Noah Horowitz

 

On his book Art of the Deal: Contemporary Art in a Global Financial Market

Cover Interview of October 03, 2011

A close-up

The book’s cover image tells a powerful story.  Martin Parr, the photographer, is one of my favorite artists.  Over the years, he’s built an incredible body of work documenting the minutia of contemporary consumerism—from the quirky luxuries of an aspiring English middle class, to fashion trends and tourist destinations overseas.  His characteristic use of bright colors, unexpected juxtapositions, up-close-and-personal details (think high heels, lipstick-smeared champagne glasses, cigarette butts and plastic surgery) and a deadpan blend of seriousness and irony is unmistakeable.

A few years ago he did a series of photographs at art and other high-end trade fairs.  I loved these piercing images and encouraged my publisher to see if we might be able to use one for the cover.  Parr obliged and the photo we selected, taken at the 2007 DIFC Gulf Art Fair in Dubai, is an amazing snapshot of art and business being conducted in today’s global marketplace: the bejewelled woman in the foreground with her flashy purse and art fair tote bag talking on her cell phone, and the man in traditional Arabic garb in the rear perhaps brokering a deal with a Western-looking woman.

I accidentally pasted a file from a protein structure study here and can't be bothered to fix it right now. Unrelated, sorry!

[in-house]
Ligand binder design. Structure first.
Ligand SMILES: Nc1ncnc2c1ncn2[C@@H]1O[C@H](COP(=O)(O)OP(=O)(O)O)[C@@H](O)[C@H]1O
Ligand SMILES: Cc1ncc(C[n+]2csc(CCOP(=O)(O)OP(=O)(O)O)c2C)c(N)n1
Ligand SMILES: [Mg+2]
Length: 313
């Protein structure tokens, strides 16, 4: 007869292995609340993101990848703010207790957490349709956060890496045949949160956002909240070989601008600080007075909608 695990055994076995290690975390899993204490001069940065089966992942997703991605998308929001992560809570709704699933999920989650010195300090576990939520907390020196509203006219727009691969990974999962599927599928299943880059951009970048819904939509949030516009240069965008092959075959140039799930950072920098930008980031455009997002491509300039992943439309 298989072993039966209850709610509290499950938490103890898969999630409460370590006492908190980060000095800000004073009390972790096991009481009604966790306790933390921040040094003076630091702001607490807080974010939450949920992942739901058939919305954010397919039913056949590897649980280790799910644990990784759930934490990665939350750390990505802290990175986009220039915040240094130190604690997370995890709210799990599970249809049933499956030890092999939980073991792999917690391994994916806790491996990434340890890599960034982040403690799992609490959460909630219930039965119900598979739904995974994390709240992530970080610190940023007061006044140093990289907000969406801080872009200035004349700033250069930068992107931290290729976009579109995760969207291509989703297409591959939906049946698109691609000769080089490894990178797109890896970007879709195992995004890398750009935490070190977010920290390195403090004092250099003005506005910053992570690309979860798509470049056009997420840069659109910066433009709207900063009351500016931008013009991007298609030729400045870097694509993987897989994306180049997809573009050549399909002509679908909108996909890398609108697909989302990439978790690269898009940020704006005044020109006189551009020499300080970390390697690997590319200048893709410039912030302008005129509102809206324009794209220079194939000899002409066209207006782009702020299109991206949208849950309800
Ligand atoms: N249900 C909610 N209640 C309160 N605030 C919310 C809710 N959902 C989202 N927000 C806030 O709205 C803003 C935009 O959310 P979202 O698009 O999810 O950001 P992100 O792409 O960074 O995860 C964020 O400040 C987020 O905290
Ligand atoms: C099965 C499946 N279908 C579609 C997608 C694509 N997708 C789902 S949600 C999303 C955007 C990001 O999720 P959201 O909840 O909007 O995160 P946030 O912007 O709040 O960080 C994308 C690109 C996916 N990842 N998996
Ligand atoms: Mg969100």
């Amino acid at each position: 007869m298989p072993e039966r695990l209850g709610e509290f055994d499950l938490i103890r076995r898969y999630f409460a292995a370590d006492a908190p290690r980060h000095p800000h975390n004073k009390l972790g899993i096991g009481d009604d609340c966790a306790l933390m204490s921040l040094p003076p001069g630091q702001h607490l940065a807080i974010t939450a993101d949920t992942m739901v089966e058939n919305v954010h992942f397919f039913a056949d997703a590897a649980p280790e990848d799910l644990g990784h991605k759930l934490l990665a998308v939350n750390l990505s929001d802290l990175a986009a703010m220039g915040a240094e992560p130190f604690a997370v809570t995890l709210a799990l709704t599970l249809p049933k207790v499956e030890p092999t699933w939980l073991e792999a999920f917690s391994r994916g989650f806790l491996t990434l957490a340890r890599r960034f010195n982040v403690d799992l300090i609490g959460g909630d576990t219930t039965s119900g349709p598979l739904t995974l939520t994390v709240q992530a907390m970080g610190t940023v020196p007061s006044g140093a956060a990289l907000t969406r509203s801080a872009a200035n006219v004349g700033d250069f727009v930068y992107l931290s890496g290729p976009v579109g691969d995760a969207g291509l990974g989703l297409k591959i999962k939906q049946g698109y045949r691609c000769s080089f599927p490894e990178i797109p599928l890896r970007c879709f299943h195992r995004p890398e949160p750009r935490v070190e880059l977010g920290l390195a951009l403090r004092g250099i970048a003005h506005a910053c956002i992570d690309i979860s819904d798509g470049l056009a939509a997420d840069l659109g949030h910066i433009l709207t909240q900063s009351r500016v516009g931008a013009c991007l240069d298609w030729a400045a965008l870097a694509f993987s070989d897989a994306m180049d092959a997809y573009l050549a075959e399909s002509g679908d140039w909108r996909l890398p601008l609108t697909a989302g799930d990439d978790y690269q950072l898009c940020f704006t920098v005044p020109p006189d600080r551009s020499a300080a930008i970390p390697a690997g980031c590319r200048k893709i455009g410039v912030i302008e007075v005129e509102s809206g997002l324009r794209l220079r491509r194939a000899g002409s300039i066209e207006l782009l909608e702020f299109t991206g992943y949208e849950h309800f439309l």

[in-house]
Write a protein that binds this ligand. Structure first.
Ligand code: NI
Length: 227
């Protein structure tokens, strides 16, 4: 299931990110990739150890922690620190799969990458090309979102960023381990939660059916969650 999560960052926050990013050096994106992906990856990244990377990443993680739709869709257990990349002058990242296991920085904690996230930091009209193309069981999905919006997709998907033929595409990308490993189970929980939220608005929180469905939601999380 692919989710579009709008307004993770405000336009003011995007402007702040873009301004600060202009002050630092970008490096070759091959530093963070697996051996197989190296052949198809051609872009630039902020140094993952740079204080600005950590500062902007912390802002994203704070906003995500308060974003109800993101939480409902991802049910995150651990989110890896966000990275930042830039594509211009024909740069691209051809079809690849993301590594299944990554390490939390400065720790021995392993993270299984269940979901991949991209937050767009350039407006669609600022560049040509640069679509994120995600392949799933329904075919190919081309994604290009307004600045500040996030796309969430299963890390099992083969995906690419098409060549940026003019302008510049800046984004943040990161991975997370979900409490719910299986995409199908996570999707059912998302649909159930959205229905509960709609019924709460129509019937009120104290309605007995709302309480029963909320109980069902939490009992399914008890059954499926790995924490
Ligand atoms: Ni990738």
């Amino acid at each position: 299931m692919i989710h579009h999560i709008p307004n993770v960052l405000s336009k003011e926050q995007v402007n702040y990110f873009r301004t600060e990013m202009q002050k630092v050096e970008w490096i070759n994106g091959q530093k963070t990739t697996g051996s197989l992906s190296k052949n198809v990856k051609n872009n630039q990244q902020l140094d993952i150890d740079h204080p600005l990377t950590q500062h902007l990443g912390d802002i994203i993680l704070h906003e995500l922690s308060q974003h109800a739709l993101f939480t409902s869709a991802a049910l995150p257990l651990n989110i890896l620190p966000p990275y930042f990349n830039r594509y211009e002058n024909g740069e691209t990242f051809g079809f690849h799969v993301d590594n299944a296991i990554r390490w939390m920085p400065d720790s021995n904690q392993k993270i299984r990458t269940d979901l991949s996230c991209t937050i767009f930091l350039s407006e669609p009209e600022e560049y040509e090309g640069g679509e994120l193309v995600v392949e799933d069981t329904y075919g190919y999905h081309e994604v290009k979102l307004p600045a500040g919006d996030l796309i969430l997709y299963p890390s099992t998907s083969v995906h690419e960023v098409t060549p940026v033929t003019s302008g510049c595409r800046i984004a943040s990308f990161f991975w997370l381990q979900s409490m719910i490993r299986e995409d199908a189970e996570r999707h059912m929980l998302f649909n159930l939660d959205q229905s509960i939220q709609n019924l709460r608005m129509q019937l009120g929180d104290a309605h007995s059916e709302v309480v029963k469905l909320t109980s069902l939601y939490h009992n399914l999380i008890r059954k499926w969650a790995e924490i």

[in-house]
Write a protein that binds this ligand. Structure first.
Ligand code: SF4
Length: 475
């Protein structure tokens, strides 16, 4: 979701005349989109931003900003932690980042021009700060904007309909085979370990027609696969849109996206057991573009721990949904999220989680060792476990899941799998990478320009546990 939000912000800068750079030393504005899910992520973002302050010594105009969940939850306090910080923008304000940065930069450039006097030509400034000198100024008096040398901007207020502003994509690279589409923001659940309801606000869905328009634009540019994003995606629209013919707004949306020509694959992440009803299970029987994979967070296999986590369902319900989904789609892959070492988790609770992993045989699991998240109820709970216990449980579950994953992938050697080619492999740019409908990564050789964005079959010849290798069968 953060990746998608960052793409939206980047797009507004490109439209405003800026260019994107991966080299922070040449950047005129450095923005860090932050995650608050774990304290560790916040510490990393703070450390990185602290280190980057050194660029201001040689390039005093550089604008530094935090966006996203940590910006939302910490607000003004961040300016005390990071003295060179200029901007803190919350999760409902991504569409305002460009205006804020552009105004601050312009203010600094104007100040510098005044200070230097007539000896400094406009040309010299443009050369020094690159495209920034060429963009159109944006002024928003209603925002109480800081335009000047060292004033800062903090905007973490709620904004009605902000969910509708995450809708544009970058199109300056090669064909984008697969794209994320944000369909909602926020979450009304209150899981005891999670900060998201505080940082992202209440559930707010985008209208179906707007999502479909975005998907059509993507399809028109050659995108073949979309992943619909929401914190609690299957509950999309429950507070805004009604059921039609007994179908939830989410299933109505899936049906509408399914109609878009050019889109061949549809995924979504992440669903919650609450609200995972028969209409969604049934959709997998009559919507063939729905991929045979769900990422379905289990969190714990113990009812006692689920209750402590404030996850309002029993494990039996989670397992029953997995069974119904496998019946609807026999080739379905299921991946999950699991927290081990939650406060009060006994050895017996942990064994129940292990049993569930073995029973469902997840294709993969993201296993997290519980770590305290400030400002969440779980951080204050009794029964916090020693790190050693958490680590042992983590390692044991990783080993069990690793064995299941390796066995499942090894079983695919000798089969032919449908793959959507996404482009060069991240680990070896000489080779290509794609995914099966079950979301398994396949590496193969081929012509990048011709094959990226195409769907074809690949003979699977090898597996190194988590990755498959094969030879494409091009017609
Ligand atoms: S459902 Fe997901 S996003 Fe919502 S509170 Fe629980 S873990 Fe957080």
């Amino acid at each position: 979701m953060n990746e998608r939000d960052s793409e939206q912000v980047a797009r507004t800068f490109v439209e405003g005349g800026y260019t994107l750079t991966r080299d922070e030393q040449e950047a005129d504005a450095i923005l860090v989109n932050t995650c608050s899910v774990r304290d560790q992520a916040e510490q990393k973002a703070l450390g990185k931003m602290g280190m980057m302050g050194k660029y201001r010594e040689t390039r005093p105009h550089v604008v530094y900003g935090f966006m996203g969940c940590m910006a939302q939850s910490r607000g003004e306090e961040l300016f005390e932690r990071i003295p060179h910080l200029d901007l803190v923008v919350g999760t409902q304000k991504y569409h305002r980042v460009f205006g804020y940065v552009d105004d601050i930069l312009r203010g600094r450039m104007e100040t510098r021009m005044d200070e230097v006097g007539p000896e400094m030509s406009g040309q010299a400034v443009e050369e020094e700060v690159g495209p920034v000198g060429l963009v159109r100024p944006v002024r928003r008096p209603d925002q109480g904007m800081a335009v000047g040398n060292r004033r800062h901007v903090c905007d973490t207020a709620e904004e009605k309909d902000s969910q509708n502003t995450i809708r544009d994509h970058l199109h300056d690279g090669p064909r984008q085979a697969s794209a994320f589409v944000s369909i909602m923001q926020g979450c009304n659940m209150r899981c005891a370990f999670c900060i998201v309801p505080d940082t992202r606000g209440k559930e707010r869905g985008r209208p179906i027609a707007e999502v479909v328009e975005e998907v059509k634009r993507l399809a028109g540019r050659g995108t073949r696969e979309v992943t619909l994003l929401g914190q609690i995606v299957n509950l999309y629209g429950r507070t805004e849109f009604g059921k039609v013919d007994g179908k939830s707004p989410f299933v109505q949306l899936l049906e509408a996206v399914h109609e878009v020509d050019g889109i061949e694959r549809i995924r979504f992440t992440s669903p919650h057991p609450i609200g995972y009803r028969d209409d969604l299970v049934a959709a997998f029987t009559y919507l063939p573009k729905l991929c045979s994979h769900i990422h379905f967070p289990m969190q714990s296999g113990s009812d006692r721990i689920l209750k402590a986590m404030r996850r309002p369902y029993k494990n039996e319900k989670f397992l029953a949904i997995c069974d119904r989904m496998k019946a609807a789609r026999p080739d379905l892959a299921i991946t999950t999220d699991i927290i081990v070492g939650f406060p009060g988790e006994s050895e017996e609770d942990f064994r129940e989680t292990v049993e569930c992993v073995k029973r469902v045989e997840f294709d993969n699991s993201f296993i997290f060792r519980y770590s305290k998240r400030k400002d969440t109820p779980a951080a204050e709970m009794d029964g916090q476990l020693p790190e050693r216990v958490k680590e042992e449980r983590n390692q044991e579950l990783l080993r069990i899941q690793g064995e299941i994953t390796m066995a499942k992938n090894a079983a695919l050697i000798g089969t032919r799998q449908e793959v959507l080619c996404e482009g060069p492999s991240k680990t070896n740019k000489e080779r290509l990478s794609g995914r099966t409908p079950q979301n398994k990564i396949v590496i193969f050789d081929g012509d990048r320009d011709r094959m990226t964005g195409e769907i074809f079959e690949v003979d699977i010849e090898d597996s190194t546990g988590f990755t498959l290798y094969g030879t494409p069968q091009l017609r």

Art of the Deal takes a serious look at these issues and Parr’s photograph offers a fun entry-point to them, delivering meaning and substance from the go.  The holding power of Parr’s image revealed itself to me shortly after the book was published when, in March earlier this year, I traveled to Dubai to attend this art fair for the first time and found this earnest yet bizarre scene of East meeting West repeating itself ad infinitum.

I hope, of course, that people actually delve within the book.  And, for a general reader, the preface and introduction provide a wealth of accessible insight into how the art market works.  From Damien Hirst’s famous sale at Sotheby’s in 2008, as the financial markets crumbled, to the rise of China and the Middle East as newly important centers of the trade, there’s plenty to be grasped.